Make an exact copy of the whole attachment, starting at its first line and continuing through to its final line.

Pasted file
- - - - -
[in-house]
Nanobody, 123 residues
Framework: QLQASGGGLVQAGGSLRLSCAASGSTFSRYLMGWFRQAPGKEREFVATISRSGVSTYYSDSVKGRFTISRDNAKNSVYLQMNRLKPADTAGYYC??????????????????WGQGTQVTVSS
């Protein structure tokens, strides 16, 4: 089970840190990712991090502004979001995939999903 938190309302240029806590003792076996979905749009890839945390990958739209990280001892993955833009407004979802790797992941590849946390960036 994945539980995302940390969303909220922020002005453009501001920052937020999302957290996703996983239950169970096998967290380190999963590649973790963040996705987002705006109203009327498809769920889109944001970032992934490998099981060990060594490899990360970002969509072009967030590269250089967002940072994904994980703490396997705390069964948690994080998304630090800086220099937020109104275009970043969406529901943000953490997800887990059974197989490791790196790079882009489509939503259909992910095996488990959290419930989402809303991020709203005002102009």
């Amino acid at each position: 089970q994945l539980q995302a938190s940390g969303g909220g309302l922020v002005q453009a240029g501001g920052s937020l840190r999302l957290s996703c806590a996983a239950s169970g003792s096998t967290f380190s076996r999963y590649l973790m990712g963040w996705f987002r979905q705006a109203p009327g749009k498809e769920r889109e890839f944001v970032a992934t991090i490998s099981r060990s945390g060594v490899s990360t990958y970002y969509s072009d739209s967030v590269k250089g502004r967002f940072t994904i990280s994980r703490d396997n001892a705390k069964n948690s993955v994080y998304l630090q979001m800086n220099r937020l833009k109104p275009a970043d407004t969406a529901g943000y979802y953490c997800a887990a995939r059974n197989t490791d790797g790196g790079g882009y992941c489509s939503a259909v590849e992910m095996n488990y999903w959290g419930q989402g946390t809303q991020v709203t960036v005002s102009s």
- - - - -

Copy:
[in-house]
Nanobody, 123 residues
Framework: QLQASGGGLVQAGGSLRLSCAASGSTFSRYLMGWFRQAPGKEREFVATISRSGVSTYYSDSVKGRFTISRDNAKNSVYLQMNRLKPADTAGYYC??????????????????WGQGTQVTVSS
């Protein structure tokens, strides 16, 4: 089970840190990712991090502004979001995939999903 938190309302240029806590003792076996979905749009890839945390990958739209990280001892993955833009407004979802790797992941590849946390960036 994945539980995302940390969303909220922020002005453009501001920052937020999302957290996703996983239950169970096998967290380190999963590649973790963040996705987002705006109203009327498809769920889109944001970032992934490998099981060990060594490899990360970002969509072009967030590269250089967002940072994904994980703490396997705390069964948690994080998304630090800086220099937020109104275009970043969406529901943000953490997800887990059974197989490791790196790079882009489509939503259909992910095996488990959290419930989402809303991020709203005002102009």
């Amino acid at each position: 089970q994945l539980q995302a938190s940390g969303g909220g309302l922020v002005q453009a240029g501001g920052s937020l840190r999302l957290s996703c806590a996983a239950s169970g003792s096998t967290f380190s076996r999963y590649l973790m990712g963040w996705f987002r979905q705006a109203p009327g749009k498809e769920r889109e890839f944001v970032a992934t991090i490998s099981r060990s945390g060594v490899s990360t990958y970002y969509s072009d739209s967030v590269k250089g502004r967002f940072t994904i990280s994980r703490d396997n001892a705390k069964n948690s993955v994080y998304l630090q979001m800086n220099r937020l833009k109104p275009a970043d407004t969406a529901g943000y979802y953490c997800a887990a995939r059974n197989t490791d790797g790196g790079g882009y992941c489509s939503a259909v590849e992910m095996n488990y999903w959290g419930q989402g946390t809303q991020v709203t960036v005002s102009s």